That being said, hindsight is a beautiful thing. I now realize that if I wanted my partner to give up smoking I should have been more sympathetic towards his journey to giving up cigarettes. After all, quitting smoking is a huge challenge, which is why a lot of people nowadays switch to alternative products, such as those available online at places like, to help them cut down on tobacco, or even quit it altogether. Another popular option that people choose is to go from cigarettes to vaping, as it is regarded as a safer alternative for people in need of a nicotine fix.

For instance, my best friend is currently trying to give up cigarettes and has purchased some vaping products from a brand called the london vape company. So, I suppose what I am trying to say is that I probably should have helped my partner to give up smoking by suggesting vaping as a healthier option. I could even have suggested that he should check out the Vape Wild vape shop so that he could make some real progress.

Sometimes though you just have to accept that in order for someone to overcome an addiction, they need to recognize that they have a problem in the first place. To be honest, before I knew this I would sometimes be lead down some dark relationship roads. My flawed thinking would allow me to accept unacceptable behavior from others and from myself. This kind of thinking caused me to accept and hand out abuse, feel shame, and sacrifice my well being for the sake of love. I couldn’t understand how if I was doing it right, it was all going so wrong.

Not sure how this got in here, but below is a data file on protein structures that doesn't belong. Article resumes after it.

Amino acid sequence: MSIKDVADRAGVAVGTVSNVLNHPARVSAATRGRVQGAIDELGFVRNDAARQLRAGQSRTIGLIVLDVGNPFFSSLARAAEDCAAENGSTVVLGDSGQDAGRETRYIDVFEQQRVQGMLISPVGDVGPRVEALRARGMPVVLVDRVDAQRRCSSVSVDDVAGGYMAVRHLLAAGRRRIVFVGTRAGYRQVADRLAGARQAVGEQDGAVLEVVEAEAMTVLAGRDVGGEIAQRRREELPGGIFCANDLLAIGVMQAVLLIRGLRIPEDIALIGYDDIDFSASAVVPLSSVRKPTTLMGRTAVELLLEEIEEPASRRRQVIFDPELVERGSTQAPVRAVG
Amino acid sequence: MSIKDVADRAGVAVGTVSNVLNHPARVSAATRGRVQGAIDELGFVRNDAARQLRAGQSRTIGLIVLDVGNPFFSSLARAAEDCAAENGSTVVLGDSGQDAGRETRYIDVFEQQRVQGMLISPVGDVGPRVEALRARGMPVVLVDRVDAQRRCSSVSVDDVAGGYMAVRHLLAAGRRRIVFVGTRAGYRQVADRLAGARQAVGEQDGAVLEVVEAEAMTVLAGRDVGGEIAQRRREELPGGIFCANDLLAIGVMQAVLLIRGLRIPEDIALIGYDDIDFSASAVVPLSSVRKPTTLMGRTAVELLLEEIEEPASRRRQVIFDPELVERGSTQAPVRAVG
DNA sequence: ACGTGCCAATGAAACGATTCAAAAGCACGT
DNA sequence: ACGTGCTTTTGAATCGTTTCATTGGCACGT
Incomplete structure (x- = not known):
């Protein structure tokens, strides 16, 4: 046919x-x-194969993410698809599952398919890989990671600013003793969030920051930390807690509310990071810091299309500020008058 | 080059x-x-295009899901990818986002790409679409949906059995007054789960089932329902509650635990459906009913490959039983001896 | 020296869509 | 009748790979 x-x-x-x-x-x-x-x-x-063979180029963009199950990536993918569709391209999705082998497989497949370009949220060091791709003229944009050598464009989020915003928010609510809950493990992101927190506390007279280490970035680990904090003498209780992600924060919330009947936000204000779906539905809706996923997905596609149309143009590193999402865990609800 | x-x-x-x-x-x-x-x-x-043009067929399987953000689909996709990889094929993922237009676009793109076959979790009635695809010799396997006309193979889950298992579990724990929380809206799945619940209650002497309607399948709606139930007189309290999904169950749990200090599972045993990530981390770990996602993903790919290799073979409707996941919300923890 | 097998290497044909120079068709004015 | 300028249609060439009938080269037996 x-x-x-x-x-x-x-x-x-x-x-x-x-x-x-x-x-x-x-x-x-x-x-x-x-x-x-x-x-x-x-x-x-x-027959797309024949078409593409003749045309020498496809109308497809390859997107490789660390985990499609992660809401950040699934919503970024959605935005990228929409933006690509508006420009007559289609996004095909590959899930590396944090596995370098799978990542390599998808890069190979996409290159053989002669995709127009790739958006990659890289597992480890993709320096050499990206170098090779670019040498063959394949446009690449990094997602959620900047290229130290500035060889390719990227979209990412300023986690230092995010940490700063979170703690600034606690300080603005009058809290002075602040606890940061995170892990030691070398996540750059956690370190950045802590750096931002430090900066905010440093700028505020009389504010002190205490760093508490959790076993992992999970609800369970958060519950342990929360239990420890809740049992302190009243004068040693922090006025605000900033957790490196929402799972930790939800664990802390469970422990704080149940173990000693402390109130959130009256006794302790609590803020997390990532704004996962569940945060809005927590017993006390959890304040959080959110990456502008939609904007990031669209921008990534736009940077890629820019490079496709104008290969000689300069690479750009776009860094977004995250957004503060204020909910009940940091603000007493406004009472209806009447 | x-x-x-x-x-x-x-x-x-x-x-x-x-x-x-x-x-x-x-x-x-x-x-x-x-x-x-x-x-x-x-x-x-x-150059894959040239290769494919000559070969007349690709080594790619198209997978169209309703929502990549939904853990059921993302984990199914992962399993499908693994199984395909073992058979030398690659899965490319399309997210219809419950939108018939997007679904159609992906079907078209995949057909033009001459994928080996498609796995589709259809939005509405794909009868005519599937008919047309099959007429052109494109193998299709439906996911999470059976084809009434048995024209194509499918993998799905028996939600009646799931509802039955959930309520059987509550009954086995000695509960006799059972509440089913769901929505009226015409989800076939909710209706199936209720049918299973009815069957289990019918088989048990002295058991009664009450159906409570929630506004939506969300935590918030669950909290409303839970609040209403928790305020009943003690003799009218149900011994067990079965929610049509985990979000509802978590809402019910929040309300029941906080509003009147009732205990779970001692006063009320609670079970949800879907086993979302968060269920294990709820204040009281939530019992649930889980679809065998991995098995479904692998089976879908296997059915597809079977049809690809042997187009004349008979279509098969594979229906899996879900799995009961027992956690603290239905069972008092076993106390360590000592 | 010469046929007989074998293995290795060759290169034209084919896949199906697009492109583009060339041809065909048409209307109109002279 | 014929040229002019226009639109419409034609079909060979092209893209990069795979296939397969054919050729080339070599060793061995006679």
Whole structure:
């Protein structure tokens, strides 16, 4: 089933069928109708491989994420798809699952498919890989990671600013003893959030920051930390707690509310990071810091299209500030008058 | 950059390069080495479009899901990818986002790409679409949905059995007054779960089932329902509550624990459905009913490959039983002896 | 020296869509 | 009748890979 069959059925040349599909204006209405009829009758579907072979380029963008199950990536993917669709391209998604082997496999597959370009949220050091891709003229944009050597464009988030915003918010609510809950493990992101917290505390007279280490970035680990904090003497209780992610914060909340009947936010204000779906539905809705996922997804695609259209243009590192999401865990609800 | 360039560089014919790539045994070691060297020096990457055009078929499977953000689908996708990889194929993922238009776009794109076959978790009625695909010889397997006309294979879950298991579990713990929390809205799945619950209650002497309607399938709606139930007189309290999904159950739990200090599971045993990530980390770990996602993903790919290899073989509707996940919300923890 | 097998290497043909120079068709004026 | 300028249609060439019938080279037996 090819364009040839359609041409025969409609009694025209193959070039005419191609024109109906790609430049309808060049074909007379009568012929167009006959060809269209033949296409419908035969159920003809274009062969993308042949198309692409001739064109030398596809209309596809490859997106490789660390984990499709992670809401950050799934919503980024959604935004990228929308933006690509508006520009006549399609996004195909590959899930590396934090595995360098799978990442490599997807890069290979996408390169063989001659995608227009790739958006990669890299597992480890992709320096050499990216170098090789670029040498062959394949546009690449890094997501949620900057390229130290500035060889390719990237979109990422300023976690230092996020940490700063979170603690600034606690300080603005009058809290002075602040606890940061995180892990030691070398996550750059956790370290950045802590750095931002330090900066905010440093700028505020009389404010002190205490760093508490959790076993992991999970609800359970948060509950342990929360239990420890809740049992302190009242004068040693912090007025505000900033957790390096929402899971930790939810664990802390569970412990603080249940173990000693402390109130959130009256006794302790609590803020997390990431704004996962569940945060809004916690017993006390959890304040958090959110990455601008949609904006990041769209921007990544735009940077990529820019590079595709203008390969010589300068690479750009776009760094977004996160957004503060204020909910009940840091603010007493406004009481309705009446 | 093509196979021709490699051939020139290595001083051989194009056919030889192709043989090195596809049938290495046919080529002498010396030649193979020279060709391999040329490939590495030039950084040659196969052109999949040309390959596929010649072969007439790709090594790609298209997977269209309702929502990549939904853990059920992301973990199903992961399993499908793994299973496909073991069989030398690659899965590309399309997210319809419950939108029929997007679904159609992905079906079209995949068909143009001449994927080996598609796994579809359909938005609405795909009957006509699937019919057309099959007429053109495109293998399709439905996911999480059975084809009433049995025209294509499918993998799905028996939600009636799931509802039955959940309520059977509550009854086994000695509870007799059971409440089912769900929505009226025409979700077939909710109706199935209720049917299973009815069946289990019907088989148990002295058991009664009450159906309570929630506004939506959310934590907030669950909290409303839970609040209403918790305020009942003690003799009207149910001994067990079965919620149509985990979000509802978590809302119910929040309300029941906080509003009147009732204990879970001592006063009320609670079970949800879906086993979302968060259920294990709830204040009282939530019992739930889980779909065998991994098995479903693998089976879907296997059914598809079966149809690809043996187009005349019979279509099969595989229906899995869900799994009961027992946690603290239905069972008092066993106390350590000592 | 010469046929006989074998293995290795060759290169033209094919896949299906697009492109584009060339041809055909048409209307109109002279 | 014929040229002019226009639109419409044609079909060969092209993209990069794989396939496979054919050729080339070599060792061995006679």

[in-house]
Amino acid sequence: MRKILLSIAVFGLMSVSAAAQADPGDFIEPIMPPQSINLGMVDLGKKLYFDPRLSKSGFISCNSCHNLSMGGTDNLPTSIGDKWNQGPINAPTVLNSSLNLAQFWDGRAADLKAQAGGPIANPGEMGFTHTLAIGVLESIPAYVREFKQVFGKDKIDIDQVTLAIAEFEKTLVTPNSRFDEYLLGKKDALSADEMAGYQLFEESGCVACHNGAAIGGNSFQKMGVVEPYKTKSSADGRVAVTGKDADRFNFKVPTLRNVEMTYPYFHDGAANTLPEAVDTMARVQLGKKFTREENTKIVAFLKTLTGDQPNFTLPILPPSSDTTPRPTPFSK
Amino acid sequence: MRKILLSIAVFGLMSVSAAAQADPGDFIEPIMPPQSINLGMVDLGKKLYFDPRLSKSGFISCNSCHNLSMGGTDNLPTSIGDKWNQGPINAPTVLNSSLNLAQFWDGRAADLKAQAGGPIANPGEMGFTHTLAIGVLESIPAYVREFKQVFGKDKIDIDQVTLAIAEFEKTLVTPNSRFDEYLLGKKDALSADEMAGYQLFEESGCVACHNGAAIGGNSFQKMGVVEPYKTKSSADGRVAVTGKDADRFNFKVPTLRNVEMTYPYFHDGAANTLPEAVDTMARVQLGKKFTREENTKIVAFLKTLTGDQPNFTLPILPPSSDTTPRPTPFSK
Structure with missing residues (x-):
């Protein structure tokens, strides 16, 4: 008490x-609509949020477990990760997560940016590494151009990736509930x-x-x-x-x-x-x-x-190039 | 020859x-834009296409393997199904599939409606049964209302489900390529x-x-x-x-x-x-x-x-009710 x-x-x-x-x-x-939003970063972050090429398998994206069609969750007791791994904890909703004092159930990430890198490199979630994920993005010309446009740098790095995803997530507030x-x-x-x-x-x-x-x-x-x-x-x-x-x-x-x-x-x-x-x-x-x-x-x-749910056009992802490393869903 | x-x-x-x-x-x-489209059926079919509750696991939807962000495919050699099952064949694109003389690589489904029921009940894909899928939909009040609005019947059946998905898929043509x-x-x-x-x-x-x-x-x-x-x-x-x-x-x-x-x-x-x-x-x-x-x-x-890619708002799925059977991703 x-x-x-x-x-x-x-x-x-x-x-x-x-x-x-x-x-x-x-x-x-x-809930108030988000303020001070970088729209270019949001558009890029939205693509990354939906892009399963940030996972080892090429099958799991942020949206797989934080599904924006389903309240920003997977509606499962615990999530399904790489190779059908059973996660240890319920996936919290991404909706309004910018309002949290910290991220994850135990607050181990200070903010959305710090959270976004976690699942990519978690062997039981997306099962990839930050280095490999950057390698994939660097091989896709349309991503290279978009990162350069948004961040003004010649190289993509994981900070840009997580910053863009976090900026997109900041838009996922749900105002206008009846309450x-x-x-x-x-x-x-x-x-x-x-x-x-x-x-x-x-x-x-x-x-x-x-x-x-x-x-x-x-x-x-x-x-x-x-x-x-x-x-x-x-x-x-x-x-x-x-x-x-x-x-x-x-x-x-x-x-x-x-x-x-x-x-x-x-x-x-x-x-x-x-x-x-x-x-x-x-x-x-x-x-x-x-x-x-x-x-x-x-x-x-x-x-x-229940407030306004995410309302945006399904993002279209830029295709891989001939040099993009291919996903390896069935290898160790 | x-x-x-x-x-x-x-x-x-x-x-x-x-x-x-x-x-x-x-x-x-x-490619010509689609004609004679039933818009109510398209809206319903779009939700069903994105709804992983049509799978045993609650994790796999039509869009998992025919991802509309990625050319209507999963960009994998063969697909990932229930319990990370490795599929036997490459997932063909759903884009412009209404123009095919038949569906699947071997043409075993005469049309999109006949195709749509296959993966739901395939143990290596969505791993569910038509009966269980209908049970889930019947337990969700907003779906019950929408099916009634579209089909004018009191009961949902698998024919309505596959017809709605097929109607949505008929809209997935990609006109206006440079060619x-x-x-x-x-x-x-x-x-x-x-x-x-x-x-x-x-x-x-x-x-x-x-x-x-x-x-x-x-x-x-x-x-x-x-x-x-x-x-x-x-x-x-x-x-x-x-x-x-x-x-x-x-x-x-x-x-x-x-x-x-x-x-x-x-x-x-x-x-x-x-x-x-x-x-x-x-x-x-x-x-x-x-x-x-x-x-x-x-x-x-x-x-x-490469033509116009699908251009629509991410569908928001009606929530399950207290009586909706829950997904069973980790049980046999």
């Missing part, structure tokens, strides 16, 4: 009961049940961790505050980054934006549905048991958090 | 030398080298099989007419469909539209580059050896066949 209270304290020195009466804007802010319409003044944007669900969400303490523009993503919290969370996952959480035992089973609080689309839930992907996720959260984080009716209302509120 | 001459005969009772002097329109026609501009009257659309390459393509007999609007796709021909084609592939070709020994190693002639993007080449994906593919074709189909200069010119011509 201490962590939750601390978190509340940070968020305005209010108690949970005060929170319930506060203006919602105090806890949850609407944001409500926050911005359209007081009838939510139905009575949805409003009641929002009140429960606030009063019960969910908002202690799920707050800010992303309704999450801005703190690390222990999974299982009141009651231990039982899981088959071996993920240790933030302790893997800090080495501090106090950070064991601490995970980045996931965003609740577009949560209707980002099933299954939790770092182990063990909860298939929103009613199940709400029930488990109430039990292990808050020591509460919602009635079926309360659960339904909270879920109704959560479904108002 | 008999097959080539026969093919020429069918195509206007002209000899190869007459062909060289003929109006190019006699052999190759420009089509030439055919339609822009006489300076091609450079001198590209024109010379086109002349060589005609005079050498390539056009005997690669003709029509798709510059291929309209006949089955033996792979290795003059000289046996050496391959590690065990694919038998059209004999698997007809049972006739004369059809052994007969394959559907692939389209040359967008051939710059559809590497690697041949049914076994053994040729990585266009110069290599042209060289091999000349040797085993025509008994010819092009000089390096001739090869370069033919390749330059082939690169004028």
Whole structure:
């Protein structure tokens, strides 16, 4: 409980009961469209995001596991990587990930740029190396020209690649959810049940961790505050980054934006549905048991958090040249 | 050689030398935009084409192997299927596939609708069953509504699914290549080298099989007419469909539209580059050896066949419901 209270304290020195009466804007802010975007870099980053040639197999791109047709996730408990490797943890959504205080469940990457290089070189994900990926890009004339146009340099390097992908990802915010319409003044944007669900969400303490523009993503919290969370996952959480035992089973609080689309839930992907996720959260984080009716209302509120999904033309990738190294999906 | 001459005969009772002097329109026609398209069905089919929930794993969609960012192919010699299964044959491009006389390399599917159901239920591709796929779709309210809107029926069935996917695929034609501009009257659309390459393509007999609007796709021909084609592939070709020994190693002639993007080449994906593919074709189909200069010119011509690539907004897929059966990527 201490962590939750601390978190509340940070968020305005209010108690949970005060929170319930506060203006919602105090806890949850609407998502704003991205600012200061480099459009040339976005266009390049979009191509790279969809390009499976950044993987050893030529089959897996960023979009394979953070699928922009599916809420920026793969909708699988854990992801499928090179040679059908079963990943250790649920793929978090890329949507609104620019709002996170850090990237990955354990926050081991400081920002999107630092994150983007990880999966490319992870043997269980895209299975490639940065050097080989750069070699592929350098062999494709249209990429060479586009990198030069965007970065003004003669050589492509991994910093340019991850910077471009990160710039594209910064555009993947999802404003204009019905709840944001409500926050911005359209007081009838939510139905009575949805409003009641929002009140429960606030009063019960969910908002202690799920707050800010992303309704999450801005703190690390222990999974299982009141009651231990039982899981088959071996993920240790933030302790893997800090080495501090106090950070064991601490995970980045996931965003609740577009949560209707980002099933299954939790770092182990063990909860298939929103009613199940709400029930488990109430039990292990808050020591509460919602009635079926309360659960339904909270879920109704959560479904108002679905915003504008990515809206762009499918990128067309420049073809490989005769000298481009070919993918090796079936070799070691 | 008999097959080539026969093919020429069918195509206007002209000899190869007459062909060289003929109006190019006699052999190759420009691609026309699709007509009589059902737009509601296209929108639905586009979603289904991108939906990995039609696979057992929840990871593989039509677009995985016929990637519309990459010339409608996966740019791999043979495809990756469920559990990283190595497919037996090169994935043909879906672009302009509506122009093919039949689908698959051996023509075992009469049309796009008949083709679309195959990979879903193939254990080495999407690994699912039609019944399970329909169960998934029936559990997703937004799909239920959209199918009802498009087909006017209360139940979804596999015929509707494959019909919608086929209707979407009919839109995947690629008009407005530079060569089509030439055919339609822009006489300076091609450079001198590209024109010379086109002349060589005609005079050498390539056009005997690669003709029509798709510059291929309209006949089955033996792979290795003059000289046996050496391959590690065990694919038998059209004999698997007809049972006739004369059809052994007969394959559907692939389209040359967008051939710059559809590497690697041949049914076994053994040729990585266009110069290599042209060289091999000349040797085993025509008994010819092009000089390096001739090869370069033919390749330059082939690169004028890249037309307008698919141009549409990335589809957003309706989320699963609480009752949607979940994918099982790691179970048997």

Nepo says,

“Unconditional love is not the hole in us that receives the dirt, but the sun within that never stops shining.”

This passage from Mark Nepo jumped off the page at me. It is hanging in my bedroom and is on my telephone camera roll so that I can look at it often. I need the daily reminder that I had gotten it so wrong. That is it more of a personal responsibility than a passive acceptance. Love, unconditional love, means something so different than I thought.

It means that I’m honest with you. If I love you, I am honest with you under any and all circumstances. I don’t get to shut down and be quiet when something upsets me. I don’t get to passively accept unacceptable behavior and then carry around a secret resentment about it for years, never telling you because I’m supposed to love you even when you behave badly. It means that I’m responsible for how my behavior affects you and I need to listen without judgement when you tell me your feelings.